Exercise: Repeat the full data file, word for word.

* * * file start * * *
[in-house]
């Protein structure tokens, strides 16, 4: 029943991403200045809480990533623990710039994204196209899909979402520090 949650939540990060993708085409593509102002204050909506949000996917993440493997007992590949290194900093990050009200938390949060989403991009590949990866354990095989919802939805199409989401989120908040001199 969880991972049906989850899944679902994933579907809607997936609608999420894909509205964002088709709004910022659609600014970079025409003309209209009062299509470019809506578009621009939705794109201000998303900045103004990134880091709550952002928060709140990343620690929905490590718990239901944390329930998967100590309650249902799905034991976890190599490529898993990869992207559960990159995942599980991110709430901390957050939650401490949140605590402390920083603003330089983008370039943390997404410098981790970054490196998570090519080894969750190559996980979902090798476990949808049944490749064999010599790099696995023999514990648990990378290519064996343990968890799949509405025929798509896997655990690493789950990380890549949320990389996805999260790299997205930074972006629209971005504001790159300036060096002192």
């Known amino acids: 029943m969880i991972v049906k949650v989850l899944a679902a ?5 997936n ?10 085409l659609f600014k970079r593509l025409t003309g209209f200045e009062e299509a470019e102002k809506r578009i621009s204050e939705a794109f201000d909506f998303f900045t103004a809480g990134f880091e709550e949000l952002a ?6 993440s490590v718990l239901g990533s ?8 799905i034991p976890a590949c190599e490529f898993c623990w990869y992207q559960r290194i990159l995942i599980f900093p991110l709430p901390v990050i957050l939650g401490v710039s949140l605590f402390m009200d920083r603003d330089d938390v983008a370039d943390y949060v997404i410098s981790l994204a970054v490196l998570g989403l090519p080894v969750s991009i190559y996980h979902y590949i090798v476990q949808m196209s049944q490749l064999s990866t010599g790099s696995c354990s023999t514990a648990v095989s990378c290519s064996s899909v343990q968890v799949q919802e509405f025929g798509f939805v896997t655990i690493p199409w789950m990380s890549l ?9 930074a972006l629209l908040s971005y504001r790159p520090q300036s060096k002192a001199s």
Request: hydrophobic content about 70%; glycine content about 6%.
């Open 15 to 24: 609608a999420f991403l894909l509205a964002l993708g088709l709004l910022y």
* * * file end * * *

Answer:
[in-house]
């Protein structure tokens, strides 16, 4: 029943991403200045809480990533623990710039994204196209899909979402520090 949650939540990060993708085409593509102002204050909506949000996917993440493997007992590949290194900093990050009200938390949060989403991009590949990866354990095989919802939805199409989401989120908040001199 969880991972049906989850899944679902994933579907809607997936609608999420894909509205964002088709709004910022659609600014970079025409003309209209009062299509470019809506578009621009939705794109201000998303900045103004990134880091709550952002928060709140990343620690929905490590718990239901944390329930998967100590309650249902799905034991976890190599490529898993990869992207559960990159995942599980991110709430901390957050939650401490949140605590402390920083603003330089983008370039943390997404410098981790970054490196998570090519080894969750190559996980979902090798476990949808049944490749064999010599790099696995023999514990648990990378290519064996343990968890799949509405025929798509896997655990690493789950990380890549949320990389996805999260790299997205930074972006629209971005504001790159300036060096002192």
């Known amino acids: 029943m969880i991972v049906k949650v989850l899944a679902a ?5 997936n ?10 085409l659609f600014k970079r593509l025409t003309g209209f200045e009062e299509a470019e102002k809506r578009i621009s204050e939705a794109f201000d909506f998303f900045t103004a809480g990134f880091e709550e949000l952002a ?6 993440s490590v718990l239901g990533s ?8 799905i034991p976890a590949c190599e490529f898993c623990w990869y992207q559960r290194i990159l995942i599980f900093p991110l709430p901390v990050i957050l939650g401490v710039s949140l605590f402390m009200d920083r603003d330089d938390v983008a370039d943390y949060v997404i410098s981790l994204a970054v490196l998570g989403l090519p080894v969750s991009i190559y996980h979902y590949i090798v476990q949808m196209s049944q490749l064999s990866t010599g790099s696995c354990s023999t514990a648990v095989s990378c290519s064996s899909v343990q968890v799949q919802e509405f025929g798509f939805v896997t655990i690493p199409w789950m990380s890549l ?9 930074a972006l629209l908040s971005y504001r790159p520090q300036s060096k002192a001199s």
Request: hydrophobic content about 70%; glycine content about 6%.
């Open 15 to 24: 609608a999420f991403l894909l509205a964002l993708g088709l709004l910022y």